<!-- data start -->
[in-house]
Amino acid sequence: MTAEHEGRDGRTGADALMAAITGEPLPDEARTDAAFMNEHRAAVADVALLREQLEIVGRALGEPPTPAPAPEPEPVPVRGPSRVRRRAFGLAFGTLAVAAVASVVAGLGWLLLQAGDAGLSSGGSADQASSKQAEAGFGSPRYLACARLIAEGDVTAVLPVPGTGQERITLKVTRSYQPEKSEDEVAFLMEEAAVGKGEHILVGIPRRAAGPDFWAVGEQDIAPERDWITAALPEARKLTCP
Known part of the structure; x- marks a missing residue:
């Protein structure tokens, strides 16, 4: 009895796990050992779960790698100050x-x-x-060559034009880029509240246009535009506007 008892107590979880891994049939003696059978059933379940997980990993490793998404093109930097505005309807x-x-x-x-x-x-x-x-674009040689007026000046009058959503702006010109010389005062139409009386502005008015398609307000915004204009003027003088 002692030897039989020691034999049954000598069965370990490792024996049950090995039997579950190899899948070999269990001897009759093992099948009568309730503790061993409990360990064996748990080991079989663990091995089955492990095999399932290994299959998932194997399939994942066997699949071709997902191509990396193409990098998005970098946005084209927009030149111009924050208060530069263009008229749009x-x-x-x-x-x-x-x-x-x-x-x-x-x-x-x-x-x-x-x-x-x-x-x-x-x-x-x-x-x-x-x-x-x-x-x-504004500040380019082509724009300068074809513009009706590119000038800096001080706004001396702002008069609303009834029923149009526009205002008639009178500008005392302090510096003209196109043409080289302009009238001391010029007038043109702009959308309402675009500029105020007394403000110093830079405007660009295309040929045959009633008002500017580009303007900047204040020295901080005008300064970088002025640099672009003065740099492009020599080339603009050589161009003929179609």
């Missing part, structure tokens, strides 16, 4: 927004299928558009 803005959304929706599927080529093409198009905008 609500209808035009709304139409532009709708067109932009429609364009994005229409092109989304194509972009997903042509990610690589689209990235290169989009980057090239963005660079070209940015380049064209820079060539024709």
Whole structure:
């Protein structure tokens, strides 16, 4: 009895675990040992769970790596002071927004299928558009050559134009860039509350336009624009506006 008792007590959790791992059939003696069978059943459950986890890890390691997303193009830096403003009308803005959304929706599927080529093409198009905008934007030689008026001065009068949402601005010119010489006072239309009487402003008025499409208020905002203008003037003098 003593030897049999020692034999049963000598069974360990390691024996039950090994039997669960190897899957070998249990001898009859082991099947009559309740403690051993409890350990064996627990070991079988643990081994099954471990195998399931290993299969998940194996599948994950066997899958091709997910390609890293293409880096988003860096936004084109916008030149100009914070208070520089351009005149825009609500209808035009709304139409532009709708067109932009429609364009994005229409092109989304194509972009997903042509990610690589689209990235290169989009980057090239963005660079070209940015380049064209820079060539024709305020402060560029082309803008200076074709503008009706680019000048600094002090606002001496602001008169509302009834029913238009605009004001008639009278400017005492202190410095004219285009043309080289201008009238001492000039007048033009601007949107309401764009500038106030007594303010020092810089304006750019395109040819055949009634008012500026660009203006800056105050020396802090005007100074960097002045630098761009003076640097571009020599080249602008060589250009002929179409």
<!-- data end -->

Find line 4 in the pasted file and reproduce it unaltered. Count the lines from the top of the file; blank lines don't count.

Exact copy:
């Protein structure tokens, strides 16, 4: 009895796990050992779960790698100050x-x-x-060559034009880029509240246009535009506007 008892107590979880891994049939003696059978059933379940997980990993490793998404093109930097505005309807x-x-x-x-x-x-x-x-674009040689007026000046009058959503702006010109010389005062139409009386502005008015398609307000915004204009003027003088 002692030897039989020691034999049954000598069965370990490792024996049950090995039997579950190899899948070999269990001897009759093992099948009568309730503790061993409990360990064996748990080991079989663990091995089955492990095999399932290994299959998932194997399939994942066997699949071709997902191509990396193409990098998005970098946005084209927009030149111009924050208060530069263009008229749009x-x-x-x-x-x-x-x-x-x-x-x-x-x-x-x-x-x-x-x-x-x-x-x-x-x-x-x-x-x-x-x-x-x-x-x-504004500040380019082509724009300068074809513009009706590119000038800096001080706004001396702002008069609303009834029923149009526009205002008639009178500008005392302090510096003209196109043409080289302009009238001391010029007038043109702009959308309402675009500029105020007394403000110093830079405007660009295309040929045959009633008002500017580009303007900047204040020295901080005008300064970088002025640099672009003065740099492009020599080339603009050589161009003929179609």